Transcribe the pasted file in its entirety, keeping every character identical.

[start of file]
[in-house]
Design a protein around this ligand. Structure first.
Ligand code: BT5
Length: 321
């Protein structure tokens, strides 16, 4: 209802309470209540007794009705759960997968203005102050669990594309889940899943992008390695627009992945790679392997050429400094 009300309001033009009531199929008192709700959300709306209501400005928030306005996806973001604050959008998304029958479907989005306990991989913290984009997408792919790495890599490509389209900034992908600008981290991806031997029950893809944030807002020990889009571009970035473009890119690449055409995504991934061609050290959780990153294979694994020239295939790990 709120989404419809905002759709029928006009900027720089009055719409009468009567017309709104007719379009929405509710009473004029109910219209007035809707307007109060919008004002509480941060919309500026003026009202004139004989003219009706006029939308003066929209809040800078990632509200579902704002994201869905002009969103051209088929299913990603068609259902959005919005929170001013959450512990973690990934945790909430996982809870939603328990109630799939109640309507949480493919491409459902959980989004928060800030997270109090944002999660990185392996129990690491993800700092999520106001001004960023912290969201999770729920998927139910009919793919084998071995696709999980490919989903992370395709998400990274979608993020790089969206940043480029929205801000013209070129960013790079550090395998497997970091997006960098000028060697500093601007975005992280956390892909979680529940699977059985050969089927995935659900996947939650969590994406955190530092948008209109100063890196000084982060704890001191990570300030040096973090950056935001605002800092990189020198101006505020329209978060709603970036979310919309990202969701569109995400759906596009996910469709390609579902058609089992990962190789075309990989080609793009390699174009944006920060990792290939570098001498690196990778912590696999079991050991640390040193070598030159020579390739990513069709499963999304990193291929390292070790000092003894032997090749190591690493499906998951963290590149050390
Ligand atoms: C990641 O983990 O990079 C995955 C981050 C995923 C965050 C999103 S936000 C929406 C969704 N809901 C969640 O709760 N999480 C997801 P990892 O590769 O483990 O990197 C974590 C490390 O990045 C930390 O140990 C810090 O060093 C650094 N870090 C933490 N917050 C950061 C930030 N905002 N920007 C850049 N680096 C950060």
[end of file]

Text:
[in-house]
Design a protein around this ligand. Structure first.
Ligand code: BT5
Length: 321
């Protein structure tokens, strides 16, 4: 209802309470209540007794009705759960997968203005102050669990594309889940899943992008390695627009992945790679392997050429400094 009300309001033009009531199929008192709700959300709306209501400005928030306005996806973001604050959008998304029958479907989005306990991989913290984009997408792919790495890599490509389209900034992908600008981290991806031997029950893809944030807002020990889009571009970035473009890119690449055409995504991934061609050290959780990153294979694994020239295939790990 709120989404419809905002759709029928006009900027720089009055719409009468009567017309709104007719379009929405509710009473004029109910219209007035809707307007109060919008004002509480941060919309500026003026009202004139004989003219009706006029939308003066929209809040800078990632509200579902704002994201869905002009969103051209088929299913990603068609259902959005919005929170001013959450512990973690990934945790909430996982809870939603328990109630799939109640309507949480493919491409459902959980989004928060800030997270109090944002999660990185392996129990690491993800700092999520106001001004960023912290969201999770729920998927139910009919793919084998071995696709999980490919989903992370395709998400990274979608993020790089969206940043480029929205801000013209070129960013790079550090395998497997970091997006960098000028060697500093601007975005992280956390892909979680529940699977059985050969089927995935659900996947939650969590994406955190530092948008209109100063890196000084982060704890001191990570300030040096973090950056935001605002800092990189020198101006505020329209978060709603970036979310919309990202969701569109995400759906596009996910469709390609579902058609089992990962190789075309990989080609793009390699174009944006920060990792290939570098001498690196990778912590696999079991050991640390040193070598030159020579390739990513069709499963999304990193291929390292070790000092003894032997090749190591690493499906998951963290590149050390
Ligand atoms: C990641 O983990 O990079 C995955 C981050 C995923 C965050 C999103 S936000 C929406 C969704 N809901 C969640 O709760 N999480 C997801 P990892 O590769 O483990 O990197 C974590 C490390 O990045 C930390 O140990 C810090 O060093 C650094 N870090 C933490 N917050 C950061 C930030 N905002 N920007 C850049 N680096 C950060």